Unfinished business: A Capitol Heights neighborhood feels abandoned
For dozens of Addison Glen townhouse residents in Capitol Heights, the dream of living in an appealing neighborhood has been shattered. They say they feel abandoned by the developer, Michael Carnock and by Prince George's County officials.
"It more than hurts. It's very disappointing," said homeowner and father Dedrick Thomas. "It's disheartening."
Homeowner Johnette Walters said, "I don't want anyone to see where I live."
Families started moving into the townhouses in 2008. But Carnock never installed street lights. Residents said crime was rampant for months until the home builder, not the developer, installed lights.
"We made numerous complaints to the county and the developer and nobody did anything," said Thomas.
Residents say Carnock walked off the job more than a year ago. He never finished the roads. Huge concrete pipes litter the community. Sidewalks were never installed so school children have to navigate along a narrow curb being careful not to fall into deep storm water drains with no manhole covers.
"This is dangerous, unsafe and unsightly," Thomas said. "It's simply a dump."
In a phone interview, Carnock said he takes "full responsibility" for work not being completed in the Addison Glen subdivision. He said he's "the poster child for the credit crisis" and blames his missteps on lenders who went bust.
ABC7's "7 on Your Side" found two more troubled neighborhoods in Prince George's County developed by Carnock, one in Mitchellville and one in Bowie.
County official Aubrey Thagard said, "Now you have this cosmic slop so to speak, in terms of the mess that we have in some of our neighborhoods." Thagard, an assistant deputy chief administrative officer, added, "I mean, if I were a resident in one of these neighborhoods and this had been going on for more than a week I would feel concerned about it."
But, residents in Addison Glenn say they've been begging county officials for help for years, wanting them to either push Carnock to finish the job or do it themselves. But, the county didn't.
"As a last resort, the county would come in and complete the work," said Thagard.
The County has been threatening to take Carnock, and his company PDC, to court since 2008 but never has.
"I think we've been very aggressive here," said Thagard. "We're sending a strong message to PDC and others that we'll take you to court if we have to."
Meanwhile, families are falling deeper in debt due to plummeting home values.
"This could ruin us financially," said Walters. "It just makes you lose faith in mankind. How could you sleep at night knowing that you took someone's money and left them in this situation just to be here and rot?"
After "7 On Your Side" told county officials about the safety hazard of open drains, they said the manhole covers had been replaced. But, that was not true. All that had been done was to place a piece of plywood over the open drains.
Prince George's County Department of Public Works and Transportation spokeswoman Susan Hubbard said in an email:
"The County has performed maintenance as appropriate along the road frontage; worked with the surety company to ensure the work gets completed; and has met with the community numerous times to keep them abreast of what is going on."
Hubbard went on to say "the area is not unsafe, but inconvenient" and that there are "approximately 50 cases [like Addison Glen] in default throughout the County."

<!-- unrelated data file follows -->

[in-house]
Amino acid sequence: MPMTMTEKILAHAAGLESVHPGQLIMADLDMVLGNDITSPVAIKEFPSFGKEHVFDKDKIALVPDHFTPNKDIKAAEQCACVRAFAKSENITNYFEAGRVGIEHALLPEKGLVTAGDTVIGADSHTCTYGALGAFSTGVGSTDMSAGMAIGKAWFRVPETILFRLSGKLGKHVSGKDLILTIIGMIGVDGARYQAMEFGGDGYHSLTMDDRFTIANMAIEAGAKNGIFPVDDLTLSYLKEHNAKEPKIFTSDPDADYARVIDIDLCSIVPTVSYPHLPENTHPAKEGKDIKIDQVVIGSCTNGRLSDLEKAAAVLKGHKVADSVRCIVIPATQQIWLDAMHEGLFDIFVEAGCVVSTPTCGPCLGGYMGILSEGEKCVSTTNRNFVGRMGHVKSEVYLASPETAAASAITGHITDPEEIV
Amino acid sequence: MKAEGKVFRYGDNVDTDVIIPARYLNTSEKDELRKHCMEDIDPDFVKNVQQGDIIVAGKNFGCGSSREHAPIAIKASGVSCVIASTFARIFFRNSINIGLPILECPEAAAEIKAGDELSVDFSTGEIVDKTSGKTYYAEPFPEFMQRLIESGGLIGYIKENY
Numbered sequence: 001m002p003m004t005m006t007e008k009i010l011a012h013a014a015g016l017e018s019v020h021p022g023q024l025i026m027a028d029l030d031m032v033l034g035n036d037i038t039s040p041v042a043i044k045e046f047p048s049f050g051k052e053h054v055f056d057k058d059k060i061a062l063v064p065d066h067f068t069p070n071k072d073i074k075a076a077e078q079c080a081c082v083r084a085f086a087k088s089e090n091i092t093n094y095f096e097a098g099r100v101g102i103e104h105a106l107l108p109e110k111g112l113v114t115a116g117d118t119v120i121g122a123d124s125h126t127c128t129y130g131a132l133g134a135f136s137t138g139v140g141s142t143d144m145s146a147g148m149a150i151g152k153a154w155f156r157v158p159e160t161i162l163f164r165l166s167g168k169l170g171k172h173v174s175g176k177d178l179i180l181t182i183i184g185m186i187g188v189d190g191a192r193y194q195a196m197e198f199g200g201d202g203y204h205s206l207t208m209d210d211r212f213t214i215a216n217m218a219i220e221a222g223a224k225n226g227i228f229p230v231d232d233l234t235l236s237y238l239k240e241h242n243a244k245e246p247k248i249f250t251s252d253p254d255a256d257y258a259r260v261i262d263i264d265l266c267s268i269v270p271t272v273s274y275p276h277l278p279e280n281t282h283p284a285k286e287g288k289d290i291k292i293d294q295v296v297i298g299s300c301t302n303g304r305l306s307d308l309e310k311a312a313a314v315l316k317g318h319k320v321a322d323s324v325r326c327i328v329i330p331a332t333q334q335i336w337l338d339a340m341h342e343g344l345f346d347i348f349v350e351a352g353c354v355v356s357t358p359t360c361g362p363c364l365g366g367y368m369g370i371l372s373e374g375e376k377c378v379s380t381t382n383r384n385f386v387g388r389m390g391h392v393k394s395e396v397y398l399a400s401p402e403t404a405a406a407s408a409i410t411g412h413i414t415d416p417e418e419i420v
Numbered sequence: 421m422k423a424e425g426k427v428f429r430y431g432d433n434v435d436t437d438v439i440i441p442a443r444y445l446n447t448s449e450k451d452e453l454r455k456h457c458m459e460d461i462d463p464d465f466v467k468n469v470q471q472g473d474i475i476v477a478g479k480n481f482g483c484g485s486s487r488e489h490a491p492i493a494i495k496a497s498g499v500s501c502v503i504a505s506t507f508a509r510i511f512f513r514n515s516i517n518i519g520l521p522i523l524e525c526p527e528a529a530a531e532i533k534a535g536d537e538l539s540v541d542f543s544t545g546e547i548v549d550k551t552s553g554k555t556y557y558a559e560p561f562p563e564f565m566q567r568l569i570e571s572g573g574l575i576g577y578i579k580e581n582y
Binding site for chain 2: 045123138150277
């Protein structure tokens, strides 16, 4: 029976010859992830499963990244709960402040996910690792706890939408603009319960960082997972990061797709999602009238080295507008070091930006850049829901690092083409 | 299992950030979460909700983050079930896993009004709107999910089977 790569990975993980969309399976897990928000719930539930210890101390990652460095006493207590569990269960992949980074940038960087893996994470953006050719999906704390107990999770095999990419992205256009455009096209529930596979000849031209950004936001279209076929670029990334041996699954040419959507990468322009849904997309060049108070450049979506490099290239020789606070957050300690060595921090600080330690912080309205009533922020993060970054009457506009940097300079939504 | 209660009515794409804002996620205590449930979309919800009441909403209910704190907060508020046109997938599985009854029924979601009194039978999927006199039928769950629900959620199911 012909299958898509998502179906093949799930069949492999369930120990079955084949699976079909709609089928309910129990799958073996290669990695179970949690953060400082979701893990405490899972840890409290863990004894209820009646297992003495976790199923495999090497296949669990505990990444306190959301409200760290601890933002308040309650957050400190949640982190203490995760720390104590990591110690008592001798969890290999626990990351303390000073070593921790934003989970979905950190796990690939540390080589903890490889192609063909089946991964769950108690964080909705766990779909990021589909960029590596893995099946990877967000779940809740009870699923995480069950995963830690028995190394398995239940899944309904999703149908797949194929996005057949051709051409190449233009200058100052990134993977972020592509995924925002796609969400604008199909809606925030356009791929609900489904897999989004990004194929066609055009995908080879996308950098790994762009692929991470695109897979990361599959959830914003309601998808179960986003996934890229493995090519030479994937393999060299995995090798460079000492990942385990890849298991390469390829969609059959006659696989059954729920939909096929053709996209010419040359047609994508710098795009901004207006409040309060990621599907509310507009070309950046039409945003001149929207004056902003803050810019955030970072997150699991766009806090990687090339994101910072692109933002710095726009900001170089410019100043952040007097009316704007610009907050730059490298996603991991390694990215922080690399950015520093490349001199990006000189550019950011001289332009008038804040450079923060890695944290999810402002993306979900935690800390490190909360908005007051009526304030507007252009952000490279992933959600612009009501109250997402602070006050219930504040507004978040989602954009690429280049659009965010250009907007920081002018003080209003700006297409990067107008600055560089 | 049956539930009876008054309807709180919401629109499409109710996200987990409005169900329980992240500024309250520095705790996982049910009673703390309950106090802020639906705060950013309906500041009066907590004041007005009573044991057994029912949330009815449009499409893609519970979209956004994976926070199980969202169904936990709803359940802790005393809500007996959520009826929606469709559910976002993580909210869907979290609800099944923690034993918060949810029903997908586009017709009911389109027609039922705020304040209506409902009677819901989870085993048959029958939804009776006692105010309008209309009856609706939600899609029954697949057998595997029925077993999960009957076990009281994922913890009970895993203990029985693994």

Carnock insists he'll finish Addison Glenn by the end of 2012.
Residents remain skeptical.
Last summer the Baltimore Business Journal interviewed Carnock about how he rebounded from the bad economy. Read the article here.
READ documents of the 7 On Your Side investigation.
DOC #1 - August 1, 2011 letter from Prince George’s County Department of Public Works and Transportation to property manager for Addison Glenn Homeowners Association informing them that developer Michael Carnock’s construction permits are in default and the county will not step in build the road in front of the subdivision that Carnock left an unfinished mess.
DOC #2 – January 26, 2010 email from home builder Ryan Homes to Addison Glenn Homeowners Association detailing the builder’s discussions of concern with Prince George’s County officials regarding developer Michael Carnock’s Addison Glenn subdivision.
DOC #3 – June 3, 2010 email from home builder Ryan Homes to Addison Glenn community regarding steps it has taken and money it has put up to complete aspects of the subdivision that developer Michael Carnock failed to complete.
DOC #4 – Online court documents detailing some of the liens and judgments in Maryland and Virginia against developer Michael Carnock.
DOC #5 – Email dispute between Addison Glenn Homeowners Association representative and developer Michael Carnock. Fall of 2010.
DOC #6 - 7 On Your Side’s investigation uncovered two more troubled neighborhoods developed by Michael Carnock. This is a neighborhood newsletter for Fairview Manor in( Bowie, MD??), that attributes rampant crime in the subdivision to Carnock’s failure to install the street lights he promised.
DOC #7 - 7 On Your Side’s investigation uncovered two more troubled neighborhoods developed by Michael Carnock, including the Adnell Woods subdivision. This is a letter from Prince George’s County Department of Public Works and Transportation, dated July 11, 2008, announcing the county’s demand for payment in full on Carnock’s $493,300 performance bond that insures completion of the developer’s work.
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